Stories from Ancient China: Ancient Chinese Cooled Foods With Ice

Facebook Logo LinkedIn Logo Twitter Logo Email Logo Pinterest Logo

Dating from 147 A.D, Guangsheng Temple near Huoshan Mountain in China’s Shanxi province is renowned for its 13-story “Flying Rainbow Pagoda” and its murals which portray the local populace propitiating the Water God during the Yuan Dynasty (1271-1368). This month the Chinese state mouthpiece Xinhua reported that a researcher had found evidence of refrigeration being used to preserve food.

Guangsheng's famous pagoda stands serenely over Shanxi. ( user 'yayawilliam')

One of the temple’s murals depicts a splendid mansion and the life within. Drawn on the palace hall’s northern wall, it portrays Chinese maidens carrying musical instruments and lotus flowers. The furniture and other accoutrements illustrate the pleasurable life enjoyed in that era.

What is surprising is that under a desk there was a wooden dipper containing fruits, with small cubes of ice placed between the edible delicacies. This painting was completed 670 years ago, showing that the people then already knew how to use ice to preserve food and enabling us, as modern people, to broaden our horizons.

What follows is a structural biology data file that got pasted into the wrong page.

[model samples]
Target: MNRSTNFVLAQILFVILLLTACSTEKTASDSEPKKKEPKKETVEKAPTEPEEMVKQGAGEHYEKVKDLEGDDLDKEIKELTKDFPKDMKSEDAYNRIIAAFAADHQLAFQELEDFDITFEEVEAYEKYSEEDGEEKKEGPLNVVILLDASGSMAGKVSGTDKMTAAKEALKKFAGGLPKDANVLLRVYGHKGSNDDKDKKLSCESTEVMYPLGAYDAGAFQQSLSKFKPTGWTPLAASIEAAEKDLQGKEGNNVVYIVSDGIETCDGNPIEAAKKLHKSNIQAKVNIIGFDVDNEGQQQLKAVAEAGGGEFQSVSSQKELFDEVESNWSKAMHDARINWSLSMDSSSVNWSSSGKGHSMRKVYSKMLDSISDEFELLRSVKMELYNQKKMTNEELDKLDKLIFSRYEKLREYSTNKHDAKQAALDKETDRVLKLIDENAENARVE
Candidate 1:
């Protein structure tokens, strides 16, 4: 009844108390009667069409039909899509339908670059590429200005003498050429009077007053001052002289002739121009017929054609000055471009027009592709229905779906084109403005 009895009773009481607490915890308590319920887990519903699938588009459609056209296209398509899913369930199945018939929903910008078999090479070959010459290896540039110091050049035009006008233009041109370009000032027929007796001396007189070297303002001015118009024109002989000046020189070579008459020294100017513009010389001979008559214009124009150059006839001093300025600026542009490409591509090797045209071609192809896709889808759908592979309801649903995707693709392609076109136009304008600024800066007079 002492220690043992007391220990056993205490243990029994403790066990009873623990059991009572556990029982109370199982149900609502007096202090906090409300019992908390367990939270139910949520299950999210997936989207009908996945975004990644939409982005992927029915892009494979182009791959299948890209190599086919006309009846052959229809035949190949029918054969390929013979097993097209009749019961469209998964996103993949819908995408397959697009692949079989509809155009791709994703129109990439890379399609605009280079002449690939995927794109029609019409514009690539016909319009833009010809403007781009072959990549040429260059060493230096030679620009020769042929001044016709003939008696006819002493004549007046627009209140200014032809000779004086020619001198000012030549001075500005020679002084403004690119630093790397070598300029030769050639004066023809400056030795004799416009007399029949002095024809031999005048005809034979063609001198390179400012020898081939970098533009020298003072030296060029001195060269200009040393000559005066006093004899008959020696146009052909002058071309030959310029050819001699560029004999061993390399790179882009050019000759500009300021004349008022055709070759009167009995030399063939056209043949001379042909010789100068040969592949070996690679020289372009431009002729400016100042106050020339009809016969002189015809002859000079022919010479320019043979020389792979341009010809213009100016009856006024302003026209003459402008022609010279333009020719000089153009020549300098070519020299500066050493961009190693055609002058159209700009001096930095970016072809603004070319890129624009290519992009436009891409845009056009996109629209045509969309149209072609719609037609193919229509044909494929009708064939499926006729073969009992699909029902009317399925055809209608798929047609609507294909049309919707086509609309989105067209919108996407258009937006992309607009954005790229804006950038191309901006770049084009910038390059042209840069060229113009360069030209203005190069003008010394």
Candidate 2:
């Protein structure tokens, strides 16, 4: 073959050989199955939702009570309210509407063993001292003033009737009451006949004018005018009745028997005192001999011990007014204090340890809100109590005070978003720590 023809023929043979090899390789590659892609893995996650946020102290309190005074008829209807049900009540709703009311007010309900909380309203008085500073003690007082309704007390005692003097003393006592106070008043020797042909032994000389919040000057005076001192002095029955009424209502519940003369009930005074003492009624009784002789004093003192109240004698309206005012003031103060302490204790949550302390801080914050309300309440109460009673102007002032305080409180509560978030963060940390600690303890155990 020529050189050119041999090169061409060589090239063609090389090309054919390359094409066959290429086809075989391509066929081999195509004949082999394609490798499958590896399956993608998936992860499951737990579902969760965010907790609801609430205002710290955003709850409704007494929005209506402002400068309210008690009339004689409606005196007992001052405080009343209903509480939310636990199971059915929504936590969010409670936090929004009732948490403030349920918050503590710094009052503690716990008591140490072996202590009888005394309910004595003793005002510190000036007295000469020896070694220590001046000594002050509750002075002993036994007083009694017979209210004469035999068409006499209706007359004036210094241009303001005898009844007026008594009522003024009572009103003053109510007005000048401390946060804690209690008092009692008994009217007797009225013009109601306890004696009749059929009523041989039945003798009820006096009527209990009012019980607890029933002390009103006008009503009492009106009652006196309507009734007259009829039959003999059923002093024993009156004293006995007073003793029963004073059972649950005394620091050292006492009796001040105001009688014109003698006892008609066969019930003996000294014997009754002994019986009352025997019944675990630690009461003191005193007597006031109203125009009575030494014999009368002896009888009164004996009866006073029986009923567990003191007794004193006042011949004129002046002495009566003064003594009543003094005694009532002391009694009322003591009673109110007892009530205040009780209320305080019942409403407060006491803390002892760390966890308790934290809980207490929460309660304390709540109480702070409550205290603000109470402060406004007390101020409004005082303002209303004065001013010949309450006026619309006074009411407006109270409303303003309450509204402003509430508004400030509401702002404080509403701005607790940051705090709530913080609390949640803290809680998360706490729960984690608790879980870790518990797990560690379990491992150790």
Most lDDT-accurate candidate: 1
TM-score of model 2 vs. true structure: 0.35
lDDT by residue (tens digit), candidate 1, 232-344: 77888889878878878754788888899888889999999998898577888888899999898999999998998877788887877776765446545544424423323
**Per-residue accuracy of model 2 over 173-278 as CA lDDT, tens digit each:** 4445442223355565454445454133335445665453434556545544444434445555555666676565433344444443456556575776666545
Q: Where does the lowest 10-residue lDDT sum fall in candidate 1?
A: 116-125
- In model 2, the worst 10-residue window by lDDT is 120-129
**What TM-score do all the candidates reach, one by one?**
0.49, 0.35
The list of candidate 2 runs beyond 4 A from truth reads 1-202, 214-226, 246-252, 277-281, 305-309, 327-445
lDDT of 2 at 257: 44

Ice was known and used in ancient cultures both in the East and the West. The Romans imported ice south from the Alps and Apennines and, considered a luxury, it sold in the city at high prices. The public also enjoyed cool waters in the public baths, since the cost of a private ice house would have been exorbitant.

Ancient China, with her many mountains, not only used ice for cooling, but even invented snow shoes and ice sports such as sledding. The Qing Emperor Qianlong (d. 1799) was enamoured of winter sports and supported the athletes and their training. Chinese ice cream is believed to have originated in 3000 B.C., a treat which didn’t arrive in Italy until after Marco Polo visited China.

* * *

Facebook Logo LinkedIn Logo Twitter Logo Email Logo Pinterest Logo

You are welcome to print and circulate all articles published on Clearharmony and their content, but please quote the source.